What's making these little pieces of copper (or plastic) so darn popular?! Let's talk about the IUD.

What's making these little pieces of copper (or plastic) so darn popular?!

You've probably heard about IUDs, but have you ever wondered how they get in there?


IUDs are in the shape of a T, but don't worry. Your doctor doesn't just, you know, shove that T right on in because ... ouch, that would hurt. It's actually placed in an application tube with the arms down, so it's a single straight piece when it's inserted. Once it's pushed through your vaginal canal and cervix, it arrives in your uterus, where it will live.


At that point, the arms come out of the tube and are extended into the T shape. Then the tube is removed, leaving behind the IUD with threads that hang about three inches below your cervix. Those are important because they allow your doctor to make sure the IUD is in the right position. And don't worry — you won't feel them.


More stuff you might want to know about IUDs.

An IUD — short for intrauterine device — is a form of birth control that is inserted into the uterus. There are two options:

  1. Non-hormonal IUD: A small amount of copper keeps the sperm from fertilizing the egg. This is great for women who can't use hormonal birth control.
  2. Hormonal IUD: A low dose of progestin prevents fertilization.

IUDs last from three to 10 years, depending on which you choose.

Fun IUD facts, 'cause IUDs are fun:

  • Planned Parenthood has seen a 91% increase in IUD use since 2009.
  • In a study of female gynecologists, it was determined that they prefer IUDs for themselves to other forms of birth control.
  • Fewer than 1 of every 100 women who use an IUD become pregnant each year. The figure is the same for women who take the pill at the exact same time every day. But if you're not entirely consistent with the timing, the risk of getting pregnant increases to 9 of every 100 women.
  • Warning!!! Remember, the IUD prevents pregnancy, but not sexually transmitted infections!

Remember, the most important thing is to choose the right birth control method for you, but more information never hurt anyone! So share this to educate.

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Disney has come under fire for problematic portrayals of non-white and non-western cultures in many of its older movies. They aren't the only one, of course, but since their movies are an iconic part of most American kids' childhoods, Disney's messaging holds a lot of power.

Fortunately, that power can be used for good, and Disney can serve as an example to other companies if they learn from their mistakes, account for their misdeeds, and do the right thing going forward. Without getting too many hopes up, it appears that the entertainment giant may have actually done just that with the new Frozen II film.

According to NOW Toronto, the producers of Frozen II have entered into a contract with the Sámi people—the Indigenous people of the Scandinavian regions—to ensure that they portray the culture with respect.

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Though there was not a direct portrayal of the Sámi in the first Frozen movie, the choral chant that opens the film was inspired by an ancient Sámi vocal tradition. In addition, the clothing worn by Kristoff closely resembled what a Sámi reindeer herder would wear. The inclusion of these elements of Sámi culture with no context or acknowledgement sparked conversations about cultural appropriation and erasure on social media.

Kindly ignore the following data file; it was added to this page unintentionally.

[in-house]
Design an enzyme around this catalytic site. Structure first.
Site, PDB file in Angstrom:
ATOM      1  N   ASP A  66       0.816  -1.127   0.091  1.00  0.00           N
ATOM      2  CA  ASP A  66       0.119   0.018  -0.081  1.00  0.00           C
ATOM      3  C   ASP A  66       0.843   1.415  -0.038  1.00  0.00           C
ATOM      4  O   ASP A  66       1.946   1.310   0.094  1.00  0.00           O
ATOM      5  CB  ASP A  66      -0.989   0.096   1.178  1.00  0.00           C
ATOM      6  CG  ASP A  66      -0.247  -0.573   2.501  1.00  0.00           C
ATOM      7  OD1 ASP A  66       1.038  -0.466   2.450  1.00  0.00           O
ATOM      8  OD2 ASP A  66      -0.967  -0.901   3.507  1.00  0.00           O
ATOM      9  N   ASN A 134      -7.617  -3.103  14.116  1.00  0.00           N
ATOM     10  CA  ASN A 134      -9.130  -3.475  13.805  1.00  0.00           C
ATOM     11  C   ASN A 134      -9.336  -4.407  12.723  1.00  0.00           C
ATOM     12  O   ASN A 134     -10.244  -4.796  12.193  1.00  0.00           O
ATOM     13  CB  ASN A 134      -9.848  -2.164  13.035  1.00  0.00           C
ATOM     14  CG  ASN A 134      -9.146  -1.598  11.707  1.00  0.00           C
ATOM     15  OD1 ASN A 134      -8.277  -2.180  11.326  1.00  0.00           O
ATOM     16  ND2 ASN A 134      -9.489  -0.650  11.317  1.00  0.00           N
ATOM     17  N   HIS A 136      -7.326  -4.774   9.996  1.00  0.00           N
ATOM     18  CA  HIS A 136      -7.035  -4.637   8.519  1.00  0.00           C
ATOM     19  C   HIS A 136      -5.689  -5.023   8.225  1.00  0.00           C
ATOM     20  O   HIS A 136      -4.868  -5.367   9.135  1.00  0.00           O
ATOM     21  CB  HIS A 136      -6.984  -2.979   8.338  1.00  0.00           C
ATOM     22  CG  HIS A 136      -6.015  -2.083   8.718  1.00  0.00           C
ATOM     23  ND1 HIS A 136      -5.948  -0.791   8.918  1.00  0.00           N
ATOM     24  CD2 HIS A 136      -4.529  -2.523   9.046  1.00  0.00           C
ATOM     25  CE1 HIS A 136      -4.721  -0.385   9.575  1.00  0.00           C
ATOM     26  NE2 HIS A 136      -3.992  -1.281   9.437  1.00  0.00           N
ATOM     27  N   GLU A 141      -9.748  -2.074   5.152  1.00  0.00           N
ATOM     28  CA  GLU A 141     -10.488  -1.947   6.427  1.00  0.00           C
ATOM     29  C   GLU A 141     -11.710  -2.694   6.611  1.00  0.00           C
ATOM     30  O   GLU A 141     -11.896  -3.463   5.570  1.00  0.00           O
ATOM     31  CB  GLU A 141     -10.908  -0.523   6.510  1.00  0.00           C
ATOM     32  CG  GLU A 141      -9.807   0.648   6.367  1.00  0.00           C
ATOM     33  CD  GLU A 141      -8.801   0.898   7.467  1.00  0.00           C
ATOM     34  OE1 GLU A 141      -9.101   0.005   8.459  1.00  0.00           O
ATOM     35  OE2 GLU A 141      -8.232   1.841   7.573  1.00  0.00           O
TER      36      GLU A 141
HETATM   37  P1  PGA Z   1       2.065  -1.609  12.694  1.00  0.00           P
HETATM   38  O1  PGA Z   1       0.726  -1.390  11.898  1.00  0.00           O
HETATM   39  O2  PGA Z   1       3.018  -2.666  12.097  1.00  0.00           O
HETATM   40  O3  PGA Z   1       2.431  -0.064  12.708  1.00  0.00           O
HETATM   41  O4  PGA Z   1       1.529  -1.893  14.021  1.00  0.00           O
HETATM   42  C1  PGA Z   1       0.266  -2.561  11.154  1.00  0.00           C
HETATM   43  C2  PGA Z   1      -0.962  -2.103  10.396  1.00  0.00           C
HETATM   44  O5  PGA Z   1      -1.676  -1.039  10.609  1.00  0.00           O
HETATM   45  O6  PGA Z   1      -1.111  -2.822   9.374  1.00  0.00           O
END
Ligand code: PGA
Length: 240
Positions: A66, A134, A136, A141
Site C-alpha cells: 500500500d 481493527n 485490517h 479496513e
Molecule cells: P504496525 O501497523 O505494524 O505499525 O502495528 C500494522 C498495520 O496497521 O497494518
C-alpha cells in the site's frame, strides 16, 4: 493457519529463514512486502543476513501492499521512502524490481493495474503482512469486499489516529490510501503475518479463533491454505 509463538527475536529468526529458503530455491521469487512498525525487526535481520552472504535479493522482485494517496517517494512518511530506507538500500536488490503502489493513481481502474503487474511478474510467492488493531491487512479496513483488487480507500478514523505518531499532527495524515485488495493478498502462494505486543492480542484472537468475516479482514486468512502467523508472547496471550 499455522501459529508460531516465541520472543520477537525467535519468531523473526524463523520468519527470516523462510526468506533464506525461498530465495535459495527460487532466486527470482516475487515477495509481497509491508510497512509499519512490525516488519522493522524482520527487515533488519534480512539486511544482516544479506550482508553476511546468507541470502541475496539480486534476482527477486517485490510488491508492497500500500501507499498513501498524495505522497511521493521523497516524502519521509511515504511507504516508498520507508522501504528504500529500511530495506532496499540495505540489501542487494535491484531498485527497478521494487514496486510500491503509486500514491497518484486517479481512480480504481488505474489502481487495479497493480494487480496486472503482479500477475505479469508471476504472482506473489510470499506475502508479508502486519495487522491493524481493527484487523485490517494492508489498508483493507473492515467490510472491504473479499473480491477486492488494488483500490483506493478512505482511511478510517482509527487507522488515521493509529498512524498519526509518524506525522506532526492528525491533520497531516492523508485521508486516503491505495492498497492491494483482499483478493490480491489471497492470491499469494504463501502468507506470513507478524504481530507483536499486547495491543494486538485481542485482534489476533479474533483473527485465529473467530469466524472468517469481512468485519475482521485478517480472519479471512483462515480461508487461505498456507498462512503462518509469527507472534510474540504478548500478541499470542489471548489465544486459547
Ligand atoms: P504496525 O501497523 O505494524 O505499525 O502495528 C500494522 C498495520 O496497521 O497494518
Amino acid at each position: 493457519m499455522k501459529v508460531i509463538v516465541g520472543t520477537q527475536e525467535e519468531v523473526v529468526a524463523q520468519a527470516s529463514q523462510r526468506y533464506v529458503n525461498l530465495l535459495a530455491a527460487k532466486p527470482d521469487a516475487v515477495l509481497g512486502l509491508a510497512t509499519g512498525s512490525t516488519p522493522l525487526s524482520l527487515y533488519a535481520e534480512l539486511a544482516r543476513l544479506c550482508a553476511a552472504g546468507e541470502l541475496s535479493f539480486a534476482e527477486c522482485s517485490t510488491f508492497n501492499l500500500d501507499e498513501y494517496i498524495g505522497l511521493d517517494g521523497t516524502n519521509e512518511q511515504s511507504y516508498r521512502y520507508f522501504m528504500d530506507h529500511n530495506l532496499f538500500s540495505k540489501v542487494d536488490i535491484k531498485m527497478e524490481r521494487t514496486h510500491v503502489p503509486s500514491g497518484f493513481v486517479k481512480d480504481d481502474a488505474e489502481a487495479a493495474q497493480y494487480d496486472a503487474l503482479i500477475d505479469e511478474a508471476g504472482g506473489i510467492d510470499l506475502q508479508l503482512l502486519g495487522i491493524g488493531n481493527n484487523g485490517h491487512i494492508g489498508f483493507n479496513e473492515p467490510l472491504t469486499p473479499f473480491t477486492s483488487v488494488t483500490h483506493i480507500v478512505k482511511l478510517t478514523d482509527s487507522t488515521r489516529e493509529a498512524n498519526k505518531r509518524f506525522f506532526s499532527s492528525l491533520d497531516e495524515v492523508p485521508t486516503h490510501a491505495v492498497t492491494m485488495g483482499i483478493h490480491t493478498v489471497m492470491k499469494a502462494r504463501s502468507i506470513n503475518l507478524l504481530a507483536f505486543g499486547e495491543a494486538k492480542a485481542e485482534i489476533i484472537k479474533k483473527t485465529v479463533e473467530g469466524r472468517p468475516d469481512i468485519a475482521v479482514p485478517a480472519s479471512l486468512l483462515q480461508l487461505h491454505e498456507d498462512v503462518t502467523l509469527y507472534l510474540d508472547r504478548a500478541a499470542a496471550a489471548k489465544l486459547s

Frozen II features Indigenous culture much more directly, and even addressed the issue of Indigenous erasure. Filmmakers Jennifer Lee and Chris Buck, along with producer Peter Del Vecho, consulted with experts on how to do that respectfully—the experts, of course, being the Sámi people themselves.

Sámi leaders met with Disney producer Peter Del Vecho in September 2019.Sámediggi Sametinget/Flickr

The Sámi parliaments of Norway, Sweden and Finland, and the non-governmental Saami Council reached out to the filmmakers when they found out their culture would be highlighted in the film. They formed a Sámi expert advisory group, called Verddet, to assist filmmakers in with how to accurately and respectfully portray Sámi culture, history, and society.

In a contract signed by Walt Disney Animation Studios and Sámi leaders, the Sámi stated their position that "their collective and individual culture, including aesthetic elements, music, language, stories, histories, and other traditional cultural expressions are property that belong to the Sámi," and "that to adequately respect the rights that the Sámi have to and in their culture, it is necessary to ensure sensitivity, allow for free, prior, and informed consent, and ensure that adequate benefit sharing is employed."

RELATED: This aboriginal Australian used kindness and tea to trump the racism he overheard.

Disney agreed to work with the advisory group, to produce a version of Frozen II in one Sámi language, as well as to "pursue cross-learning opportunities" and "arrange for contributions back to the Sámi society."

Anne Lájla Utsi, managing director at the International Sámi Film Institute, was part of the Verddet advisory group. She told NOW, "This is a good example of how a big, international company like Disney acknowledges the fact that we own our own culture and stories. It hasn't happened before."

"Disney's team really wanted to make it right," said Utsi. "They didn't want to make any mistakes or hurt anybody. We felt that they took it seriously. And the film shows that. We in Verddet are truly proud of this collaboration."

Sounds like you've done well this time, Disney. Let's hope such cultural sensitivity and collaboration continues, and that other filmmakers and production companies will follow suit.

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